09/30/2003 11:00PM

Barbarian at the starting gate

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ARCADIA, Calif. - With the release of a Los Angeles Times poll Tuesday that gave one particular candidate a giddy lead in the race to replace reeling California Gov. Gray Davis, it suddenly became clear why all those trainers and owners are willing to give the Breeders' Cup Classic a wide berth later this month at Santa Anita.

It is not because of stud fees of $100,000 looming on the near horizon for those two priceless sperm banks, Mineshaft and Empire Maker.

It is not because of some intuitive reluctance on the part of a Hall of Fame trainer to squeeze a ripe lemon like Candy Ride in pursuit of a $2 million prize.

It is not the obvious charms of winning every last race in Chicago and Louisville, which seems to be the goal for Perfect Drift, or the admirable support of the New York racing and breeding incentive program, which has captivated Funny Cide.

It is not even a renewed respect for the talents of Medaglia d'Oro, who merely ran the second-best mile and a quarter of the year when he finished second in the Pacific Classic.

No, it is simpler than all that. The real reason behind all of this ducking and dodging of the 2003 Breeders' Cup Classic is a chilling and deep-rooted fear.

A fear of Arnold.

Californians are now only a few days away from electing as their governor an action movie hero who laughs about sticking a woman's head in a toilet and thinks it's funny to provide two large buses for his campaign press emblazoned with the names "Predator" and "True Lies." Okay, it is funny.

In less than a week, if the polls are to be believed, Davis will be recalled and Arnold Schwar-zenegger will win a plurality of the votes cast in a separate replacement election. Next Tuesday is election day, a dark day at Santa Anita. A very dark day.

The prospect of a Schwarzenegger administration in charge of the world's sixth largest economy has made California both a national laughingstock and an object of perverse admiration. There are those who wonder why he couldn't have practiced first on someplace smaller - Austria, for instance, or Minnesota - and yet there is envy in the air. Cocksure and secure, Californians figure they can waste one in a dramatic act of broad-spectrum protest and still insulate themselves from any ramifications.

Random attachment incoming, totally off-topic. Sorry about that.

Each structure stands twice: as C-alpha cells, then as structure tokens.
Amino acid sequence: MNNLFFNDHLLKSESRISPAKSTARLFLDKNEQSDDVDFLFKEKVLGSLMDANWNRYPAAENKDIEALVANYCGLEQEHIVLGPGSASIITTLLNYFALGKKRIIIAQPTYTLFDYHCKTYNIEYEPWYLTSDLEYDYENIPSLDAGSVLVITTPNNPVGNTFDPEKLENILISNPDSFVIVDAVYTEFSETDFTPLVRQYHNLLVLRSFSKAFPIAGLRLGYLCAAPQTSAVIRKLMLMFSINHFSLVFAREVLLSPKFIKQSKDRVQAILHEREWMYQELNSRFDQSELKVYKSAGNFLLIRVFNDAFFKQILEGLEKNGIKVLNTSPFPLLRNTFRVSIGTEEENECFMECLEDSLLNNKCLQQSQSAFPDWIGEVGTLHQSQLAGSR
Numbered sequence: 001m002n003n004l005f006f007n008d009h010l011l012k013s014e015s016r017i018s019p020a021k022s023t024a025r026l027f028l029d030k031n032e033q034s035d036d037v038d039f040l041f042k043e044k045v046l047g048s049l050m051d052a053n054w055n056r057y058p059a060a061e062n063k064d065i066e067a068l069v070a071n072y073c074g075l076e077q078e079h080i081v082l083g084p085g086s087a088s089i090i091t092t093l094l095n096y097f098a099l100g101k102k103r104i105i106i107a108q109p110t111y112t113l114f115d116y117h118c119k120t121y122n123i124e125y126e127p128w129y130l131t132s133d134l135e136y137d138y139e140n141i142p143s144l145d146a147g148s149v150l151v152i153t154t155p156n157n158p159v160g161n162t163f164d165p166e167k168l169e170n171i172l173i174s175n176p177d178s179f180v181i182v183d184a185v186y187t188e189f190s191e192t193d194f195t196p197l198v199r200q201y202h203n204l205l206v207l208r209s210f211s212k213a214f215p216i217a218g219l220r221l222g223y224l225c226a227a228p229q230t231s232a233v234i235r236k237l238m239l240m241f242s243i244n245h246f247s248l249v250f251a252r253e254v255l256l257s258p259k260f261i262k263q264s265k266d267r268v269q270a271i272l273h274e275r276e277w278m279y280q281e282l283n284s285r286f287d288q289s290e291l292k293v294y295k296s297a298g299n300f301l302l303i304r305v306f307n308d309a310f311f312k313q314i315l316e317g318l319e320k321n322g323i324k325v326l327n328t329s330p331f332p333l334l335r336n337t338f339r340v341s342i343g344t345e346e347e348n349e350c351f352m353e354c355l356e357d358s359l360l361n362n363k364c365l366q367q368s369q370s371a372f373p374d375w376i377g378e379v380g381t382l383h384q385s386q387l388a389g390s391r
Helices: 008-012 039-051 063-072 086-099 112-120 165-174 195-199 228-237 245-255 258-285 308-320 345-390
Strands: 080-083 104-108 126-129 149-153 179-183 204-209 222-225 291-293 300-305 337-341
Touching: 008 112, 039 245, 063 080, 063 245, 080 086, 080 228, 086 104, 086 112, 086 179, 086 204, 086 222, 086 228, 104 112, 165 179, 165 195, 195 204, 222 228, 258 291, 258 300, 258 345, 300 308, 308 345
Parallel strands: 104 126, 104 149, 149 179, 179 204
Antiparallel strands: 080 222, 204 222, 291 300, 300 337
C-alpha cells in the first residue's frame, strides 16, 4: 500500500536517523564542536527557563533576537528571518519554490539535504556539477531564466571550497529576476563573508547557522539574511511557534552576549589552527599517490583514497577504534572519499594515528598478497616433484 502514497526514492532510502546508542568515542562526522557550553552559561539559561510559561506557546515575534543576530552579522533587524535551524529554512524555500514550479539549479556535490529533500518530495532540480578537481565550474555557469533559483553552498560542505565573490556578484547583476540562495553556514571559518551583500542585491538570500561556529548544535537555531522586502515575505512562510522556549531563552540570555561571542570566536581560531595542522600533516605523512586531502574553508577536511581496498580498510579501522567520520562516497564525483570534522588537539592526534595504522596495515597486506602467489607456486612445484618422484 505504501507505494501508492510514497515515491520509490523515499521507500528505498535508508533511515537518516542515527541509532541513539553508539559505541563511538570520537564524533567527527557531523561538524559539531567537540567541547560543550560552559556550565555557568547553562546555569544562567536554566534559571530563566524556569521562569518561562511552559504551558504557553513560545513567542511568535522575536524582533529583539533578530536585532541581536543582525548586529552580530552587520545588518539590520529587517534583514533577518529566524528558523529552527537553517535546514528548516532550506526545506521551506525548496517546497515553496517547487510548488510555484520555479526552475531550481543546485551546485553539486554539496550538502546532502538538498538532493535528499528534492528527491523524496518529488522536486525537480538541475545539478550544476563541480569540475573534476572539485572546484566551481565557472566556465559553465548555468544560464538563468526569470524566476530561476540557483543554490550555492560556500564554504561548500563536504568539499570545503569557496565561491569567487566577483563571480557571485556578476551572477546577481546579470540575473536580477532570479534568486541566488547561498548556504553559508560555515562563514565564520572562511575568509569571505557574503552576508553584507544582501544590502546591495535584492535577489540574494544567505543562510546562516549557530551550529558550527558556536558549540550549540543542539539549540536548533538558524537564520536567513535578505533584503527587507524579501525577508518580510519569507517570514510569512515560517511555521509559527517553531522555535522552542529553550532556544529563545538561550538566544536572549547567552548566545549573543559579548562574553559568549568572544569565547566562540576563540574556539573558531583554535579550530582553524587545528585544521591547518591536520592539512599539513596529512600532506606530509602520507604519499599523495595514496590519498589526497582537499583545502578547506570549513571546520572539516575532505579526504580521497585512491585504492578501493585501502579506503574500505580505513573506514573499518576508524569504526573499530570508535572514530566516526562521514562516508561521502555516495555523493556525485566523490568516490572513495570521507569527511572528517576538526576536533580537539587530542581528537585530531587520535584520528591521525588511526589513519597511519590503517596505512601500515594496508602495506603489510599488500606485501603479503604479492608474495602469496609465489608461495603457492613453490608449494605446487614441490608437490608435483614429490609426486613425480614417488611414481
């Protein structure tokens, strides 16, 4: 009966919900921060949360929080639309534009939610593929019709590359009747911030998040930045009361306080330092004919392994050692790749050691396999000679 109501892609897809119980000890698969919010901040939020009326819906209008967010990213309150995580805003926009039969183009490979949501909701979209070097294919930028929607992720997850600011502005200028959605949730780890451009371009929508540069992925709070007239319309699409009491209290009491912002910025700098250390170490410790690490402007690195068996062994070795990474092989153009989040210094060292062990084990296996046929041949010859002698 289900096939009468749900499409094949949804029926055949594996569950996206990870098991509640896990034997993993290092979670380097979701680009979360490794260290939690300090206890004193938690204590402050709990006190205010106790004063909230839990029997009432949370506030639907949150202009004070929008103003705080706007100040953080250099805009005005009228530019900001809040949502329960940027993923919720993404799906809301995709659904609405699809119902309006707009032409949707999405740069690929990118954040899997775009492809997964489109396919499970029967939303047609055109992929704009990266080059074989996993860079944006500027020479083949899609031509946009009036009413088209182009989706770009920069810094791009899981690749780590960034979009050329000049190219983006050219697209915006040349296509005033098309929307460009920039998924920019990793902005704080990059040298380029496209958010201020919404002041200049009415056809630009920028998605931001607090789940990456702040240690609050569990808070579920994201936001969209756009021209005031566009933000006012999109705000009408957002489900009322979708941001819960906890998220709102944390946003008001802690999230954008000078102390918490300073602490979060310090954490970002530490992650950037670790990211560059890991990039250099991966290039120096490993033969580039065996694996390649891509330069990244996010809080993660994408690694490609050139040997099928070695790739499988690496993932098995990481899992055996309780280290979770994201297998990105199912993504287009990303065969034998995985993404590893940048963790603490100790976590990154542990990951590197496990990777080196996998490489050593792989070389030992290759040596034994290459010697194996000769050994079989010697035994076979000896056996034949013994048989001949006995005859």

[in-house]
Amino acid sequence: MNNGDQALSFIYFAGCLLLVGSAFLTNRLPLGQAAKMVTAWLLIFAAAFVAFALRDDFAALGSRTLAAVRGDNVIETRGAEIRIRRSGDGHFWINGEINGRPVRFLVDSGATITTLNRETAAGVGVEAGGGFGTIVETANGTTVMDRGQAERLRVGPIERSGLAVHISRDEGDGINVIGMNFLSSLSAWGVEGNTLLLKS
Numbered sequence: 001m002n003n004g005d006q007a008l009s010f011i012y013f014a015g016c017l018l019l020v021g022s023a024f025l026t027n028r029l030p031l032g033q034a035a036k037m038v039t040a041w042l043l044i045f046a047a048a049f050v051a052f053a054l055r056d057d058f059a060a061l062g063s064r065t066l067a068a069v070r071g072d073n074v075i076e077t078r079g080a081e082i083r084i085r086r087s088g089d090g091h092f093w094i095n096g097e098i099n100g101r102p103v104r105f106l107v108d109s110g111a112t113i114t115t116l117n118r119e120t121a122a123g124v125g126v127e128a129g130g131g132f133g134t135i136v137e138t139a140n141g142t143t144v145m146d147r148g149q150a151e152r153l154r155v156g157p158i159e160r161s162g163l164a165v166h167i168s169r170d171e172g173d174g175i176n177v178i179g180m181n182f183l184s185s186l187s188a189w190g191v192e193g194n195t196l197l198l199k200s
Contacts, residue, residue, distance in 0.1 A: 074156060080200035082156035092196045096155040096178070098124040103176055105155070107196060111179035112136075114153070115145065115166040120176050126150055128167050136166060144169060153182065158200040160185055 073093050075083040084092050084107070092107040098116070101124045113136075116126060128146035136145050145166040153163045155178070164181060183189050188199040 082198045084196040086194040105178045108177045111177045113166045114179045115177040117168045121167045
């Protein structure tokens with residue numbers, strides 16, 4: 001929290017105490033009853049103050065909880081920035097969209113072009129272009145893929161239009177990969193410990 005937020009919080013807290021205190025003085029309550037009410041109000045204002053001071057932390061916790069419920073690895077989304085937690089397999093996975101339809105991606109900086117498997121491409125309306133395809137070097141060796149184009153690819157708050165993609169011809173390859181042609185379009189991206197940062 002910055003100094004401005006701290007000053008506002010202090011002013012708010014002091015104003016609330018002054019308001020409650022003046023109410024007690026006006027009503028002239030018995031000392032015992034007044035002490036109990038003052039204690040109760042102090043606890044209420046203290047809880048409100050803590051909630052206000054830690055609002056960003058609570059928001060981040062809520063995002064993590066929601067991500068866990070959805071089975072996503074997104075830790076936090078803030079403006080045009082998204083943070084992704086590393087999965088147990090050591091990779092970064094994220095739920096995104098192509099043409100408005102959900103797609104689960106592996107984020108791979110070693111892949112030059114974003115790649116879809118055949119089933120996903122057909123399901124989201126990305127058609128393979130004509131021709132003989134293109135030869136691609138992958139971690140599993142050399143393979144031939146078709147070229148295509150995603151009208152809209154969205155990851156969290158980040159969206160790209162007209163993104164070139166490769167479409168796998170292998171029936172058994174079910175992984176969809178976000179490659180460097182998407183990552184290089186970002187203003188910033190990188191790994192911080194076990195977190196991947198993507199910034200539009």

"The rest of America feels about California the way the rest of the world feels about America," said Bill Maher on his HBO show "Real Time" last week. "They hate us because we do what we want. They think we're too blessed and too free, and it makes them nuts, in the dreary hovels of Kabul, and Tikrit, and Lubbock, Texas."

To be sure, Gov. Davis has been no pal to the racing industry. There will be no tears shed in the boardrooms or on the backstretch if he is recalled.

As chief of staff in the administration of former governor Jerry Brown, Davis would sometimes loom as a heavy-handed presence in California Horse Racing Board business. As governor himself, Davis dragged his heels on signing legislation to legalize phone account betting, allowing California racing to dangle in the wind while the rest of the country ramped up. When it came to the growing alarms of the workers' compensation insurance crisis, Davis appeared tone-deaf to an issue that has hit racing stables hard. During his first administration, Davis even vetoed an unassuming bill that would have aligned California racing with a much-needed national licensing program, absurdly citing a reluctance to relinquish local control of the process.

But Arnold? Arnold Schwarzenegger? Who has yet to even hint at a coherent strategy for the solution of California's economic woes? Wait until Der Governor gets a load of racetrack license fee relief legislation. Hasta la vista, tax breaks.

The last time Mineshaft's trainer, Neil Howard, brought a big horse to California, the ground bounced beneath his feat and the barn walls rattled from a major-league temblor. The poor guy almost saddled Summer Squall that very instant and rode him out of town. Don't expect Howard to think the coast is clear, especially now that the place will be run by earth-quaking Conan the Barbarian.

So dream on, racing fans, and what a dream race it would have been, a Classic topped by Mineshaft, Candy Ride, Perfect Drift, Empire Maker, and Funny Cide. Such a collection of bona fide stars rarely exists in the same sweet season. Even more aggravating is the fact that not one of them is currently suffering from anything more than a minor boo-boo, at least according to their people.

Perhaps the whole thing will come together better next year, when the Breeders' Cup will be staged in a state known for its governmental stability and the good common sense of its citizenry. Something like Arnold could never happen in Texas.